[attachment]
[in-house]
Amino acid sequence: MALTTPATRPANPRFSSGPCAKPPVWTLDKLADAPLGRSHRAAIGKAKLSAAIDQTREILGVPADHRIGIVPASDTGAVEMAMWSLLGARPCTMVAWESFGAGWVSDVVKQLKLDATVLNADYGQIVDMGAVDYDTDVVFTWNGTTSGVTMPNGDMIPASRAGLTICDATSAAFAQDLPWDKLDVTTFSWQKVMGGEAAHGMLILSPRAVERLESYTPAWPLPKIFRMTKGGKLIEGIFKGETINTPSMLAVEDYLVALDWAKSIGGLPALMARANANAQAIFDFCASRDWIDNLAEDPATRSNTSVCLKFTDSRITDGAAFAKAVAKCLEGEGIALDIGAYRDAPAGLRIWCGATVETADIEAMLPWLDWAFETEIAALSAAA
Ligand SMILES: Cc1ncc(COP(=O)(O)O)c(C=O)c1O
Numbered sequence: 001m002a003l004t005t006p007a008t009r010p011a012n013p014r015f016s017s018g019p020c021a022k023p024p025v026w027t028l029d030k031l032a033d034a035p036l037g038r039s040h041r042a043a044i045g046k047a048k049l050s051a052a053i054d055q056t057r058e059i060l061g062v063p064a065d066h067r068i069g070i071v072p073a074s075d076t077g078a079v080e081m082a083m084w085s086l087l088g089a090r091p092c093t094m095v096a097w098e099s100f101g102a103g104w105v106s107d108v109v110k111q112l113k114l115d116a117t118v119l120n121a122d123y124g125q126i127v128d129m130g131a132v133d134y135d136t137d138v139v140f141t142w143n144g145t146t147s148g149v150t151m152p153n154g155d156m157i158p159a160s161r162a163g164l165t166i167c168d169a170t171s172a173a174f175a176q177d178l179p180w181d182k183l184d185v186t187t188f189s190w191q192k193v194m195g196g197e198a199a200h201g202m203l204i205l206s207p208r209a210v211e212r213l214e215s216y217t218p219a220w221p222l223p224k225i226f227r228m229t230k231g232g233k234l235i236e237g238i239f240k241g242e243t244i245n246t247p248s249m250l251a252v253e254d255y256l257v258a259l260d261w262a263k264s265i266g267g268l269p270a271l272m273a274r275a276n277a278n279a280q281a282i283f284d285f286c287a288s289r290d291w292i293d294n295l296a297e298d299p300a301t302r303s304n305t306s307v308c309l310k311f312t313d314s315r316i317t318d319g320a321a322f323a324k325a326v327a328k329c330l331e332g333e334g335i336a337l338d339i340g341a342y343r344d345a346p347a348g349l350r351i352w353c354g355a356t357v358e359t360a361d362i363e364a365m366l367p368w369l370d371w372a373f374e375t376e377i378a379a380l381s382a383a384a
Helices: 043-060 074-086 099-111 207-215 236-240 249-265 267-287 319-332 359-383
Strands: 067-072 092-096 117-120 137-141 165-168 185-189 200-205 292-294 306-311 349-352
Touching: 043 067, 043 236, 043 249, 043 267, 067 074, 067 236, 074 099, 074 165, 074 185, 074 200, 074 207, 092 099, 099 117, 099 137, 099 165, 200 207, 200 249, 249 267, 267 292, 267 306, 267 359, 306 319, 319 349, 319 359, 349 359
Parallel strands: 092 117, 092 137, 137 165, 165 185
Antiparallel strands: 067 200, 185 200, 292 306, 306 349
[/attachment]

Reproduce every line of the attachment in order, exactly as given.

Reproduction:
[in-house]
Amino acid sequence: MALTTPATRPANPRFSSGPCAKPPVWTLDKLADAPLGRSHRAAIGKAKLSAAIDQTREILGVPADHRIGIVPASDTGAVEMAMWSLLGARPCTMVAWESFGAGWVSDVVKQLKLDATVLNADYGQIVDMGAVDYDTDVVFTWNGTTSGVTMPNGDMIPASRAGLTICDATSAAFAQDLPWDKLDVTTFSWQKVMGGEAAHGMLILSPRAVERLESYTPAWPLPKIFRMTKGGKLIEGIFKGETINTPSMLAVEDYLVALDWAKSIGGLPALMARANANAQAIFDFCASRDWIDNLAEDPATRSNTSVCLKFTDSRITDGAAFAKAVAKCLEGEGIALDIGAYRDAPAGLRIWCGATVETADIEAMLPWLDWAFETEIAALSAAA
Ligand SMILES: Cc1ncc(COP(=O)(O)O)c(C=O)c1O
Numbered sequence: 001m002a003l004t005t006p007a008t009r010p011a012n013p014r015f016s017s018g019p020c021a022k023p024p025v026w027t028l029d030k031l032a033d034a035p036l037g038r039s040h041r042a043a044i045g046k047a048k049l050s051a052a053i054d055q056t057r058e059i060l061g062v063p064a065d066h067r068i069g070i071v072p073a074s075d076t077g078a079v080e081m082a083m084w085s086l087l088g089a090r091p092c093t094m095v096a097w098e099s100f101g102a103g104w105v106s107d108v109v110k111q112l113k114l115d116a117t118v119l120n121a122d123y124g125q126i127v128d129m130g131a132v133d134y135d136t137d138v139v140f141t142w143n144g145t146t147s148g149v150t151m152p153n154g155d156m157i158p159a160s161r162a163g164l165t166i167c168d169a170t171s172a173a174f175a176q177d178l179p180w181d182k183l184d185v186t187t188f189s190w191q192k193v194m195g196g197e198a199a200h201g202m203l204i205l206s207p208r209a210v211e212r213l214e215s216y217t218p219a220w221p222l223p224k225i226f227r228m229t230k231g232g233k234l235i236e237g238i239f240k241g242e243t244i245n246t247p248s249m250l251a252v253e254d255y256l257v258a259l260d261w262a263k264s265i266g267g268l269p270a271l272m273a274r275a276n277a278n279a280q281a282i283f284d285f286c287a288s289r290d291w292i293d294n295l296a297e298d299p300a301t302r303s304n305t306s307v308c309l310k311f312t313d314s315r316i317t318d319g320a321a322f323a324k325a326v327a328k329c330l331e332g333e334g335i336a337l338d339i340g341a342y343r344d345a346p347a348g349l350r351i352w353c354g355a356t357v358e359t360a361d362i363e364a365m366l367p368w369l370d371w372a373f374e375t376e377i378a379a380l381s382a383a384a
Helices: 043-060 074-086 099-111 207-215 236-240 249-265 267-287 319-332 359-383
Strands: 067-072 092-096 117-120 137-141 165-168 185-189 200-205 292-294 306-311 349-352
Touching: 043 067, 043 236, 043 249, 043 267, 067 074, 067 236, 074 099, 074 165, 074 185, 074 200, 074 207, 092 099, 099 117, 099 137, 099 165, 200 207, 200 249, 249 267, 267 292, 267 306, 267 359, 306 319, 319 349, 319 359, 349 359
Parallel strands: 092 117, 092 137, 137 165, 165 185
Antiparallel strands: 067 200, 185 200, 292 306, 306 349